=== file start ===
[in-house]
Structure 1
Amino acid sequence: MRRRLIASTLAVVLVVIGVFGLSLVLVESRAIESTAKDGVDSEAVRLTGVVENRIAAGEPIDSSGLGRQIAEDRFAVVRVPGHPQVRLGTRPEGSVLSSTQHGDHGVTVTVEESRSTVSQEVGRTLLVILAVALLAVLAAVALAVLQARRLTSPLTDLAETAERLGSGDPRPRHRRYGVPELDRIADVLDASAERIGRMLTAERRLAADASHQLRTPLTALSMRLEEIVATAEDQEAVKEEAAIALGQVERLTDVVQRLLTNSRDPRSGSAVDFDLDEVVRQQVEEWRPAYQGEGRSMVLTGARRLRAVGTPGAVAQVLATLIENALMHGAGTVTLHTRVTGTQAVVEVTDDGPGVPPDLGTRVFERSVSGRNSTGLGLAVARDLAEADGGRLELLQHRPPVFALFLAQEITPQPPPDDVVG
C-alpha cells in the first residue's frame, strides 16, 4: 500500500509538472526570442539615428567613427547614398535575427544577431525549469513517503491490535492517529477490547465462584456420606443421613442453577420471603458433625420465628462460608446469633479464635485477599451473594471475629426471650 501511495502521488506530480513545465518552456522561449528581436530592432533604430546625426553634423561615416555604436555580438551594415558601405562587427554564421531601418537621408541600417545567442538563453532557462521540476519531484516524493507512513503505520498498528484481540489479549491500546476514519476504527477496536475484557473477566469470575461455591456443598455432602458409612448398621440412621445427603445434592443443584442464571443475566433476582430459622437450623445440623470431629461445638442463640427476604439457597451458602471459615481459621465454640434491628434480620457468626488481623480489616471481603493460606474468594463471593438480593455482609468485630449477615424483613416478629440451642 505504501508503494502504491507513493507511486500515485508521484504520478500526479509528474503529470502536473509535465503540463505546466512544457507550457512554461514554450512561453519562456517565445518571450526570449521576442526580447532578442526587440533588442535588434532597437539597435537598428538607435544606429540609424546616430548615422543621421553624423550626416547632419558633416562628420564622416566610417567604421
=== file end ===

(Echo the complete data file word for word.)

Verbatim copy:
[in-house]
Structure 1
Amino acid sequence: MRRRLIASTLAVVLVVIGVFGLSLVLVESRAIESTAKDGVDSEAVRLTGVVENRIAAGEPIDSSGLGRQIAEDRFAVVRVPGHPQVRLGTRPEGSVLSSTQHGDHGVTVTVEESRSTVSQEVGRTLLVILAVALLAVLAAVALAVLQARRLTSPLTDLAETAERLGSGDPRPRHRRYGVPELDRIADVLDASAERIGRMLTAERRLAADASHQLRTPLTALSMRLEEIVATAEDQEAVKEEAAIALGQVERLTDVVQRLLTNSRDPRSGSAVDFDLDEVVRQQVEEWRPAYQGEGRSMVLTGARRLRAVGTPGAVAQVLATLIENALMHGAGTVTLHTRVTGTQAVVEVTDDGPGVPPDLGTRVFERSVSGRNSTGLGLAVARDLAEADGGRLELLQHRPPVFALFLAQEITPQPPPDDVVG
C-alpha cells in the first residue's frame, strides 16, 4: 500500500509538472526570442539615428567613427547614398535575427544577431525549469513517503491490535492517529477490547465462584456420606443421613442453577420471603458433625420465628462460608446469633479464635485477599451473594471475629426471650 501511495502521488506530480513545465518552456522561449528581436530592432533604430546625426553634423561615416555604436555580438551594415558601405562587427554564421531601418537621408541600417545567442538563453532557462521540476519531484516524493507512513503505520498498528484481540489479549491500546476514519476504527477496536475484557473477566469470575461455591456443598455432602458409612448398621440412621445427603445434592443443584442464571443475566433476582430459622437450623445440623470431629461445638442463640427476604439457597451458602471459615481459621465454640434491628434480620457468626488481623480489616471481603493460606474468594463471593438480593455482609468485630449477615424483613416478629440451642 505504501508503494502504491507513493507511486500515485508521484504520478500526479509528474503529470502536473509535465503540463505546466512544457507550457512554461514554450512561453519562456517565445518571450526570449521576442526580447532578442526587440533588442535588434532597437539597435537598428538607435544606429540609424546616430548615422543621421553624423550626416547632419558633416562628420564622416566610417567604421